Body rigidity on the third generation ‘3 has been increased by 30 per cent compared to the previous Mazda3. This shows in a solid feel that’s almost to the standard of the best Germans in this class. Indeed, you could slot the Mazda into the next size up in sophistication and luxury.

However, on some surfaces tyre noise intrusions – a longtime problem in some Mazdas –spoils cabin ambience. Try for yourself if you’re going to be doing a lot of work on coarse-chip surfaces.

Handling is sharp and positive, a further benefit of a stronger chassis on which the suspension components are mounted. You wouldn’t call this diesel Mazda3 a sports sedan, but it comes a lot closer than anticipated.

Mazda says the XD is capable of getting fuel consumption as low as 5.0 litres per 100 kilometres on the combined urban / highway cycle. However in real life driving we found the figures to be around eight to nine litres per hundred during around town driving, while five to sixes were the norm on the open road. Not bad numbers when you keep in mind this is a sporting vehicle, not an economy special.

Attractive to look at, with good handling and plenty of engine performance, the Mazda3 XD turbo-diesel hatch showcases the amount of technical skill coming from the Japanese maker of quality small-medium cars.


XD Astina Diesel 2.2-litre diesel five-door hatch: $40,230 (manual), $42,230 (automatic)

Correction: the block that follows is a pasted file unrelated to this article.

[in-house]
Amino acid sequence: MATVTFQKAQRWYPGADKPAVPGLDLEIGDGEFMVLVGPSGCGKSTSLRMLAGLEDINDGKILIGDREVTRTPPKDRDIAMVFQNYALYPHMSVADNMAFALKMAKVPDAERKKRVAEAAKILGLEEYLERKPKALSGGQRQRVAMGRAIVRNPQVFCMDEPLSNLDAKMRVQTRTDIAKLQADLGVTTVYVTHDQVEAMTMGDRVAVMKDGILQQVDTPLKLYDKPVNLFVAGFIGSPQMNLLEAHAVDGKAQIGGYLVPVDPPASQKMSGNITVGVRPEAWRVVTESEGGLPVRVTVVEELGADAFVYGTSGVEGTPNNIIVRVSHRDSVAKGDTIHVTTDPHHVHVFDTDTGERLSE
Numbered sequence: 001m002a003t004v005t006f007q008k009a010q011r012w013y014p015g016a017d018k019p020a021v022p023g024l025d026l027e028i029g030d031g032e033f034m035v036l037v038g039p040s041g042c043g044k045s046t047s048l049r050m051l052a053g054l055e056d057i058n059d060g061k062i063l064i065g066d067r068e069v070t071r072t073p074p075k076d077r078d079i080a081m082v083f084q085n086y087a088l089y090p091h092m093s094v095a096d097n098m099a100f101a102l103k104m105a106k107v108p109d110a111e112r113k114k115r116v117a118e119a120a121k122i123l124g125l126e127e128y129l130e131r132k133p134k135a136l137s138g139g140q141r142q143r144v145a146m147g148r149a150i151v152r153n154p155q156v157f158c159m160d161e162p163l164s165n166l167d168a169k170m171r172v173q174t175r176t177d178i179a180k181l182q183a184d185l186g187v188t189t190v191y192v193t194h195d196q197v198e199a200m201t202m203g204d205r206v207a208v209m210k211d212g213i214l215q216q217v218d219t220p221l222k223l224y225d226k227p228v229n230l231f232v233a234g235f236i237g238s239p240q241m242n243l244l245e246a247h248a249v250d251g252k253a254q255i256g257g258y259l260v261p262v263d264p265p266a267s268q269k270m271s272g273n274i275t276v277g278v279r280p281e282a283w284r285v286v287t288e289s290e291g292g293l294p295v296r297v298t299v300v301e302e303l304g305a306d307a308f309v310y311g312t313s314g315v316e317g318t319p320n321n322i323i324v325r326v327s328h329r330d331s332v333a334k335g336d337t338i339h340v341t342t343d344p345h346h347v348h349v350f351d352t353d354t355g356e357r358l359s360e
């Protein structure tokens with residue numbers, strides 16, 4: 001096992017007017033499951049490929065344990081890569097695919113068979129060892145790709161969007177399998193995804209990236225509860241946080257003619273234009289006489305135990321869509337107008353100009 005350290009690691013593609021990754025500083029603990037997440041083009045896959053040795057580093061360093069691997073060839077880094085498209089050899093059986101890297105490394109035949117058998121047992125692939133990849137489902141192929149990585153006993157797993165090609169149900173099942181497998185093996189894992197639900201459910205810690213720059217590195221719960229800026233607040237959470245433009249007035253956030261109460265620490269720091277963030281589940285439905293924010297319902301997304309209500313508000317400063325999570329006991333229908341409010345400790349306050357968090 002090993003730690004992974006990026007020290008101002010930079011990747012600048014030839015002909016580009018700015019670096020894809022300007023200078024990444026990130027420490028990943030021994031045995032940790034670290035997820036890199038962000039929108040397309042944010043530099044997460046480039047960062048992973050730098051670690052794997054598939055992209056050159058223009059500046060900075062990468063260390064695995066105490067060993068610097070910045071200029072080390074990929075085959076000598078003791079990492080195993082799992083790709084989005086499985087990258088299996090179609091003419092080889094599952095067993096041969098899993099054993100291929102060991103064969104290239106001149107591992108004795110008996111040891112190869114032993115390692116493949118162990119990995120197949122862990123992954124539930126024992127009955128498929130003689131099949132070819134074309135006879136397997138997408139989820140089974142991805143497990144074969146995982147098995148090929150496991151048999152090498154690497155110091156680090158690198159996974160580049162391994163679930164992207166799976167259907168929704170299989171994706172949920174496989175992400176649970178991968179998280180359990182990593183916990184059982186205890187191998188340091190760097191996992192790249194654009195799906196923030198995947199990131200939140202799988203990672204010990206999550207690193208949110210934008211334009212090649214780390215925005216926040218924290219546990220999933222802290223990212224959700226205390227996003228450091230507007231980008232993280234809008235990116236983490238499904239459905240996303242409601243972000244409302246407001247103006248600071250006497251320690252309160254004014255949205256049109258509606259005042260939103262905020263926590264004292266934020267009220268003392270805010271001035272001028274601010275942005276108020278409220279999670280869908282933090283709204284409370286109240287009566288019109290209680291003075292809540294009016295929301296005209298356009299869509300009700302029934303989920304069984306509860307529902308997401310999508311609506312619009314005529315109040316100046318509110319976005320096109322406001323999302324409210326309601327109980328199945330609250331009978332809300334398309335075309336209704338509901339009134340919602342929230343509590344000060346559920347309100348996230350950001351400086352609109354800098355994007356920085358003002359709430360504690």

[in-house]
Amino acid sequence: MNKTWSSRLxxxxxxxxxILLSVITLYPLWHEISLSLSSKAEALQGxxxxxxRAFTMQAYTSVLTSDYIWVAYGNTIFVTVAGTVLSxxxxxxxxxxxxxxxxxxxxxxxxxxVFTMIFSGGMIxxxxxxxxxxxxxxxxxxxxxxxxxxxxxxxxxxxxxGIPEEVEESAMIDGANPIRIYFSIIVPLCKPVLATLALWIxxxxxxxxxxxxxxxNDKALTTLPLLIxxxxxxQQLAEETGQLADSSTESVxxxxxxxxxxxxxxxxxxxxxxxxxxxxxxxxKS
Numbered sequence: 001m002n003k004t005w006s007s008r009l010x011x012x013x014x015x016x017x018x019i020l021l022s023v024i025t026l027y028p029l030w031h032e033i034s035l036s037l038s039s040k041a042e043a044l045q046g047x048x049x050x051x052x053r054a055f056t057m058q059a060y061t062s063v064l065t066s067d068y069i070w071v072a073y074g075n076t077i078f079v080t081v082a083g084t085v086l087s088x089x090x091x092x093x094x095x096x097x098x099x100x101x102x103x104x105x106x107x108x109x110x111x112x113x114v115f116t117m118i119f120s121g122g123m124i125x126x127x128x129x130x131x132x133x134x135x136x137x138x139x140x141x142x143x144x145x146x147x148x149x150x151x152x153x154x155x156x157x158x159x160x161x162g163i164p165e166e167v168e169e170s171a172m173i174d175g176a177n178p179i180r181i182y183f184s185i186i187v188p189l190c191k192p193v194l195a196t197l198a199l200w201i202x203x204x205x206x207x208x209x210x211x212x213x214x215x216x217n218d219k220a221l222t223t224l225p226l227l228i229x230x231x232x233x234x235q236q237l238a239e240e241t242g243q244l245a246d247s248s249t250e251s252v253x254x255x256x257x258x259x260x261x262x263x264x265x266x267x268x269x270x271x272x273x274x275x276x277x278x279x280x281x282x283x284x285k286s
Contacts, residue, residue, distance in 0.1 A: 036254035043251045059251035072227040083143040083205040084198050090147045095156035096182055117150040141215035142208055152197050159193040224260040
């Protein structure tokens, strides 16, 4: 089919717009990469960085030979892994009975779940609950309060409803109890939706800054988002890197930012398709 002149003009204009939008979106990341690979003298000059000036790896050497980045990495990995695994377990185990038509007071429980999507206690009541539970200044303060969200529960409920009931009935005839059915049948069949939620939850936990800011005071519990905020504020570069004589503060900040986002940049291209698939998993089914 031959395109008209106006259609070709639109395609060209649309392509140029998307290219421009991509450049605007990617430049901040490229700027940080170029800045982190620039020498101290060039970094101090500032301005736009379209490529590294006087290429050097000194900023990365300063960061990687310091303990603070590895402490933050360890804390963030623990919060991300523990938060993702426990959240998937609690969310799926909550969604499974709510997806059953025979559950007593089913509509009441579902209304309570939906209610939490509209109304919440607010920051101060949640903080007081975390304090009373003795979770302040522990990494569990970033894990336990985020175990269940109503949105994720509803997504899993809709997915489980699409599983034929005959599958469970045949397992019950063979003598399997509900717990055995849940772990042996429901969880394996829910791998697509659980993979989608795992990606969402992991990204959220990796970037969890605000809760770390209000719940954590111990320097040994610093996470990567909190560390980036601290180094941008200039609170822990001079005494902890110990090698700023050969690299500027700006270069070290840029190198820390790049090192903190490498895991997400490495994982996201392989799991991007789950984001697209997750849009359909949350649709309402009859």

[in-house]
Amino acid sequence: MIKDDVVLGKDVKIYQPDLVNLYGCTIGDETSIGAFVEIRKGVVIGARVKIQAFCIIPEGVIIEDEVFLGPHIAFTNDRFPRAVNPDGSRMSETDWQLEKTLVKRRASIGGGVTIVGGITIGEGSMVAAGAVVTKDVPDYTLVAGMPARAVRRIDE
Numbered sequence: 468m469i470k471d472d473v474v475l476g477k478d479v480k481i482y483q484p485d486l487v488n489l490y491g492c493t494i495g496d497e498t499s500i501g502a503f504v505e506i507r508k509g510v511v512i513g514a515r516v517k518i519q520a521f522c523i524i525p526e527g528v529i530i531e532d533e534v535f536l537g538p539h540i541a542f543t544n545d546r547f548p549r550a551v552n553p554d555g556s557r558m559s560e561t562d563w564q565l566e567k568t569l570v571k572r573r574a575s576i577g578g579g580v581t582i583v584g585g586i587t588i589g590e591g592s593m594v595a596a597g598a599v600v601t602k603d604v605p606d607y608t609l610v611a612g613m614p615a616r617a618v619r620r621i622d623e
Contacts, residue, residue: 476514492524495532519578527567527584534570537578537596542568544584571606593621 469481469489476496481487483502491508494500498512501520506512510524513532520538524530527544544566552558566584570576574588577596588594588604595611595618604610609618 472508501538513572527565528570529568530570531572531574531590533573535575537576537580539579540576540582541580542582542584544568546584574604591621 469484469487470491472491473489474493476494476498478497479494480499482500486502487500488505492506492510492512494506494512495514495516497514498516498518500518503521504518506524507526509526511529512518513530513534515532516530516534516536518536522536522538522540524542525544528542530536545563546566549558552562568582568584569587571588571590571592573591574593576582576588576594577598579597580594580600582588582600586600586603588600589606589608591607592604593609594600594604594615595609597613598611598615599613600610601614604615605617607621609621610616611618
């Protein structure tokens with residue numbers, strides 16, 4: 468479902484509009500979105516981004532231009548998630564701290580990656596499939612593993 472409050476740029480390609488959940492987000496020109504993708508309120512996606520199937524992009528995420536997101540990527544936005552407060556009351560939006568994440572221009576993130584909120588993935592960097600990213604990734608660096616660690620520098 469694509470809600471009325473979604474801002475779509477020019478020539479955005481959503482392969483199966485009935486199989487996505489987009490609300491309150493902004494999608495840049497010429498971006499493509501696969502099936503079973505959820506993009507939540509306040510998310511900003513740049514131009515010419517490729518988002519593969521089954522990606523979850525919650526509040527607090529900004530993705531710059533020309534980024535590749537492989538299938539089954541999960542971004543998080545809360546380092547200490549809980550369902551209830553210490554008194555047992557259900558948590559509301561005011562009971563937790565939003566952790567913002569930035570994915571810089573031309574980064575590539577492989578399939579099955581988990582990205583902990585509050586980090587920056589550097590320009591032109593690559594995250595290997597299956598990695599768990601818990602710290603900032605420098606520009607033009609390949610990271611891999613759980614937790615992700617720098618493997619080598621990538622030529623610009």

Note: These prices do not include government or dealer delivery charges. Contact your local Mazda dealer for drive-away prices.

ABS Brakes: Standard in all models
Automatic Transmission: Optional in all models
Cruise Control: Standard in all models
Dual Front Airbags: Standard in all models
Front Side Airbags: Standard in all models
Electronic Stability Program: Standard in all models
Rear Parking Sensors: Standard in all models
Reversing Camera: Not offered in Neo, standard in all other models
Auxiliary Audio Input: Standard in all models
Bluetooth: Standard in all models
Steering Wheel Mounted Controls: Standard in all models

SPECIFICATIONS (Mazda3 XD 2.2-litre diesel five-door hatch)

Capacity: 2.191 litres
Configuration: Four cylinders in line
Head Design: DOHC, four valves per cylinder
Compression Ratio: 14.0:1
Bore/Stroke: 86.0 x 94.3 mm
Maximum Power: 129 kW @ 4500 rpm
Maximum Torque: 420 Nm @ 2000 rpm

Driven Wheels: Front
Manual Transmission: Six-speed
Automatic Transmission: Six-speed
Final Drive Ratio: 4.105:1

Length: 4460 mm
Wheelbase: 2700 mm
Width: 1795 mm
Height: 1455 mm
Turning Circle: 10.6 metres
Kerb Mass: 1262 kg
Fuel Tank Capacity: 51 litres
Towing Ability: 1200kg with braked trailer
Boot Capacity: Not supplied

Front Suspension: MacPherson struts
Rear Suspension: Multi-link
Front Brakes: Ventilated Disc
Rear Brakes: Disc

Fuel Type: Diesel
Fuel Consumption – Combined Cycle (ADR 81/02): 5.7 L/100km

Greenhouse Rating: Not available
Air Pollution Rating: Not available

Three years/unlimited km

About Ewan Kennedy

Ewan Kennedy, a long-time car enthusiast, was Technical Research Librarian with the NRMA from 1970 until 1985. He worked part-time as a freelance motoring journalist from 1977 until 1985, when he took a full-time position as Technical Editor with Modern Motor magazine. Late in 1987 he left to set up a full-time business as a freelance motoring journalist. Ewan is an associate member of the Society of Automotive Engineers - International. An economy driving expert, he set the Guinness World Record for the greatest distance travelled in a standard road vehicle on a single fuel fill. He lists his hobbies as stage acting, travelling, boating and reading.